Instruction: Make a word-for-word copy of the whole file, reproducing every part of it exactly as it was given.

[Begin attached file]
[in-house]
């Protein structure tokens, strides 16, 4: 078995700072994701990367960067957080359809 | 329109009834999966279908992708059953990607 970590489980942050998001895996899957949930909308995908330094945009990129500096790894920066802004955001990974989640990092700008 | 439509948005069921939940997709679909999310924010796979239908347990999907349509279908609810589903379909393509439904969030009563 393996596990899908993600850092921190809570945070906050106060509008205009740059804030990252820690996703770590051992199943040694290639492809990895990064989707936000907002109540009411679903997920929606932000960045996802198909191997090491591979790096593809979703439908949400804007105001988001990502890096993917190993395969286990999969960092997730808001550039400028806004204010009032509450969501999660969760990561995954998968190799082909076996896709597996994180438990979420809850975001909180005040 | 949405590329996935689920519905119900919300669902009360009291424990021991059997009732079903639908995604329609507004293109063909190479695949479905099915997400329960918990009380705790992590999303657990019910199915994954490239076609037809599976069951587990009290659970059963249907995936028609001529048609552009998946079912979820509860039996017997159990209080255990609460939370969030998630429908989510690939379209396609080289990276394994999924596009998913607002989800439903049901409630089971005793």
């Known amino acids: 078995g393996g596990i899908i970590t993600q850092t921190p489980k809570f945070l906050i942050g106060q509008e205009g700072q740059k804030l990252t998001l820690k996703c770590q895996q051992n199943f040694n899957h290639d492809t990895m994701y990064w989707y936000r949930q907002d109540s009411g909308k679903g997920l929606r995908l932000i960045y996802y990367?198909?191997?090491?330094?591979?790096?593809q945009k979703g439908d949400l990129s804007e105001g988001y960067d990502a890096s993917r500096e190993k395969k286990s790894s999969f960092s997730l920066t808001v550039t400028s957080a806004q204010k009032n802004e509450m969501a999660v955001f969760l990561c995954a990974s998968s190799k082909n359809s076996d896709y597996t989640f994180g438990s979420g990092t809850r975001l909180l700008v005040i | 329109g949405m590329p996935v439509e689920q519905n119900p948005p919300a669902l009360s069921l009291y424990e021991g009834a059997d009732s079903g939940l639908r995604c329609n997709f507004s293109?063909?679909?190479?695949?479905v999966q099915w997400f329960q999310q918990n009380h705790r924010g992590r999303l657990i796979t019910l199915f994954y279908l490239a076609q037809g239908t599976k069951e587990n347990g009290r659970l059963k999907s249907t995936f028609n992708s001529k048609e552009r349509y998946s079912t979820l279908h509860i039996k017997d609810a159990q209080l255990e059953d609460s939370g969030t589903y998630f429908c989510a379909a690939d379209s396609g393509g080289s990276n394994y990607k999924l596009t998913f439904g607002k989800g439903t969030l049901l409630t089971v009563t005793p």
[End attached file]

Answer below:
[in-house]
């Protein structure tokens, strides 16, 4: 078995700072994701990367960067957080359809 | 329109009834999966279908992708059953990607 970590489980942050998001895996899957949930909308995908330094945009990129500096790894920066802004955001990974989640990092700008 | 439509948005069921939940997709679909999310924010796979239908347990999907349509279908609810589903379909393509439904969030009563 393996596990899908993600850092921190809570945070906050106060509008205009740059804030990252820690996703770590051992199943040694290639492809990895990064989707936000907002109540009411679903997920929606932000960045996802198909191997090491591979790096593809979703439908949400804007105001988001990502890096993917190993395969286990999969960092997730808001550039400028806004204010009032509450969501999660969760990561995954998968190799082909076996896709597996994180438990979420809850975001909180005040 | 949405590329996935689920519905119900919300669902009360009291424990021991059997009732079903639908995604329609507004293109063909190479695949479905099915997400329960918990009380705790992590999303657990019910199915994954490239076609037809599976069951587990009290659970059963249907995936028609001529048609552009998946079912979820509860039996017997159990209080255990609460939370969030998630429908989510690939379209396609080289990276394994999924596009998913607002989800439903049901409630089971005793």
């Known amino acids: 078995g393996g596990i899908i970590t993600q850092t921190p489980k809570f945070l906050i942050g106060q509008e205009g700072q740059k804030l990252t998001l820690k996703c770590q895996q051992n199943f040694n899957h290639d492809t990895m994701y990064w989707y936000r949930q907002d109540s009411g909308k679903g997920l929606r995908l932000i960045y996802y990367?198909?191997?090491?330094?591979?790096?593809q945009k979703g439908d949400l990129s804007e105001g988001y960067d990502a890096s993917r500096e190993k395969k286990s790894s999969f960092s997730l920066t808001v550039t400028s957080a806004q204010k009032n802004e509450m969501a999660v955001f969760l990561c995954a990974s998968s190799k082909n359809s076996d896709y597996t989640f994180g438990s979420g990092t809850r975001l909180l700008v005040i | 329109g949405m590329p996935v439509e689920q519905n119900p948005p919300a669902l009360s069921l009291y424990e021991g009834a059997d009732s079903g939940l639908r995604c329609n997709f507004s293109?063909?679909?190479?695949?479905v999966q099915w997400f329960q999310q918990n009380h705790r924010g992590r999303l657990i796979t019910l199915f994954y279908l490239a076609q037809g239908t599976k069951e587990n347990g009290r659970l059963k999907s249907t995936f028609n992708s001529k048609e552009r349509y998946s079912t979820l279908h509860i039996k017997d609810a159990q209080l255990e059953d609460s939370g969030t589903y998630f429908c989510a379909a690939d379209s396609g393509g080289s990276n394994y990607k999924l596009t998913f439904g607002k989800g439903t969030l049901l409630t089971v009563t005793p």